‘Mark of Cain’

Channel 4 is under pressure to postpone tomorrow’s “hard-hitting Middle East drama” programme, ‘The Mark of Cain’, over fears it could ignite diplomatic tensions over the hostage crisis in Iran, involving 15 British Royal Navy sailors and marines.

As reported earlier this week, Defence Secretary Des Brown said that airing ‘The Mark of Cain’, which dramatises the treatment of Iraqi detainees by UK soldiers, could put the lives of thousands of British military personnel in the Middle East at risk from attack by insurgents.

Channel 4 is now considering postponing the two-hour programme until further notice, over fears it could impede efforts to secure the release of 15 Royal Navy sailors who were captured by Iranian forces on March 23. Iran accused Britain of crossing into its territorial waters and has demanded an apology. It has also condoned attacks on the British embassy in Tehran.

The broadcaster said it is in “hourly discussions” with the Foreign Office over whether to broadcast ‘The Mark of Cain’, which is loosely based on the story of three soldiers from the Royal Regiment of Fusiliers who were convicted in 2005 of abusing Iraqi prisoners.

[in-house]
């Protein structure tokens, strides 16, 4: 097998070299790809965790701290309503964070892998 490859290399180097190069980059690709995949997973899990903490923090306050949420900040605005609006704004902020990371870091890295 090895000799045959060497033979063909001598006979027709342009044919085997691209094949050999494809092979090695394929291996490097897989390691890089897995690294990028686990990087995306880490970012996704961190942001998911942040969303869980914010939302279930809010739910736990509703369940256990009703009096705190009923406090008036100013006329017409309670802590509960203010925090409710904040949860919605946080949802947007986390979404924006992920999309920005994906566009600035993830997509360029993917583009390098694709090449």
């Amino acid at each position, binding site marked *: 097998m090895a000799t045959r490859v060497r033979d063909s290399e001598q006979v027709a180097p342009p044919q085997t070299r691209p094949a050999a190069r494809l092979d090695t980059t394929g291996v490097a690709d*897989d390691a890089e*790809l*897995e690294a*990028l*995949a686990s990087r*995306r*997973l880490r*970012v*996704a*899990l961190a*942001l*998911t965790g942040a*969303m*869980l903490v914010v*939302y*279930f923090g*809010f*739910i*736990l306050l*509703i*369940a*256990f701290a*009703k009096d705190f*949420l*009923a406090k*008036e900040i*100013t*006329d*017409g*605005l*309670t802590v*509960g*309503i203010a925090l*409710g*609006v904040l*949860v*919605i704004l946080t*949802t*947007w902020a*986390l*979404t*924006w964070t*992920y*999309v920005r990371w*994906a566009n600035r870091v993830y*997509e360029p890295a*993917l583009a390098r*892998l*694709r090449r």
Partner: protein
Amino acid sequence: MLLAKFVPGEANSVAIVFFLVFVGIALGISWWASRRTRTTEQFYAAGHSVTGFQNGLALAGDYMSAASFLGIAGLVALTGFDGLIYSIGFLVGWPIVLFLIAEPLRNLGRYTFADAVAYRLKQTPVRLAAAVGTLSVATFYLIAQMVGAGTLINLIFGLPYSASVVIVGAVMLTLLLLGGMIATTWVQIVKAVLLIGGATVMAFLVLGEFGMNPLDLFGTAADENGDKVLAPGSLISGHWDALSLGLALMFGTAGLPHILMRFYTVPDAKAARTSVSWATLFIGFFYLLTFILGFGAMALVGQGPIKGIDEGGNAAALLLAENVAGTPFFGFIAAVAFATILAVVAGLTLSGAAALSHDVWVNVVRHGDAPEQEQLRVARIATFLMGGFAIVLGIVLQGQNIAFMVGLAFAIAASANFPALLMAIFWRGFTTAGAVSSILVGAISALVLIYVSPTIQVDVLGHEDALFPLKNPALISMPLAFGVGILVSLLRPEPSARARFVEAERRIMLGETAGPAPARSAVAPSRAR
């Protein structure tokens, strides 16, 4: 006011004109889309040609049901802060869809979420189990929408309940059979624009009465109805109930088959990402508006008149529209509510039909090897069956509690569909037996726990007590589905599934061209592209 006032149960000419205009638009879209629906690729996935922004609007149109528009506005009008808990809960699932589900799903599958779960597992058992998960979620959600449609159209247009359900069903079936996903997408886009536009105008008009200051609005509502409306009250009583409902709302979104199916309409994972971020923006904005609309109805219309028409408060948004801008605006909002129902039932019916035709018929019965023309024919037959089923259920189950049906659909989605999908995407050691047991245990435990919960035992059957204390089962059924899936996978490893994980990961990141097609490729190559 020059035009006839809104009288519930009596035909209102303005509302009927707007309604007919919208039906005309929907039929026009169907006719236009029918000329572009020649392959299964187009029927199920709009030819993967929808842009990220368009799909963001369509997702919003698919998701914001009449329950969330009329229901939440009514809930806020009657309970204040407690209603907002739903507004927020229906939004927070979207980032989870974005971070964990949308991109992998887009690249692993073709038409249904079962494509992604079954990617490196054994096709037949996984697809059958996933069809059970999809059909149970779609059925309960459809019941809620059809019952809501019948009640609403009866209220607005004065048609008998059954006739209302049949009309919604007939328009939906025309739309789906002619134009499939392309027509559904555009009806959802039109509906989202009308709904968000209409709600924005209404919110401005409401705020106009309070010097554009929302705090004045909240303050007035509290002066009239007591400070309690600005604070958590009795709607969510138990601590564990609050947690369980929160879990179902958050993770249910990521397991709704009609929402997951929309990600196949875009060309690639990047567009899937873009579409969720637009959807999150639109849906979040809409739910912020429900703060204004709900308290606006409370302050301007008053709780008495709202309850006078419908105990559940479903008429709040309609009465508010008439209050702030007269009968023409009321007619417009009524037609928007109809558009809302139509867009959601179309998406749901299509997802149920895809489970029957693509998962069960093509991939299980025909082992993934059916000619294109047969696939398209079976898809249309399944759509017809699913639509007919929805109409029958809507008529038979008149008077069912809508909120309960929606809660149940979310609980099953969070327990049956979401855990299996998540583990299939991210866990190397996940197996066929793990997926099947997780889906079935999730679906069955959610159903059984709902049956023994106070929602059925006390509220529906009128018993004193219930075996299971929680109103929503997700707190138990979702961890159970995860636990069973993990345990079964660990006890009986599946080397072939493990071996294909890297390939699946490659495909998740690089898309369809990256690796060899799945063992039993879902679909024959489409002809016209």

But neither its writer Tony Marchant (he of ‘Holding on’ et cetera) nor the C4 commissioning editor believe their abuse drama will cause any problems.

“It is very difficult. Of course, like anybody else, I am extremely concerned for the welfare of those 15 marines and sailors. But I have to say hand on heart I don’t feel it could in any way adversely affect negotiations. It seems a bit of a leap to me.

“But if there is a perception the film is problematic and Channel 4 decided to take action, I am going to have to accept that,” Marchant said.

Liza Marshall, commissioning editor for drama at Channel 4, said: “We are not entirely convinced there is a serious danger of the drama influencing the outcome of the negotiations, but of course we are open to further dialogue.”

Critics have already described the programme, which is written by Tony Marchant, as hard-hitting and gritty, and there have been concerns over the reaction it could provoke from Islamic militants towards UK troops.

It often appears that when the BBC and Channel 4 do something military related it is negative in nature. ‘Mark of Cain looks like an example of that. As was a BBC ‘Timewatch’ programme earlier this week about the disaster that was ‘The sinking of the Sir Galahad’, which out of all the stories that could be told is a funny thing to look back upon on the 25th anniversary of the Falklands War. That could just be me.

I don’t have a problem with Channel 4 making the ‘Mark of Cain’, but feel it would do no harm to delay it a few weeks rather than ride the publicity train as it did with Big Brother.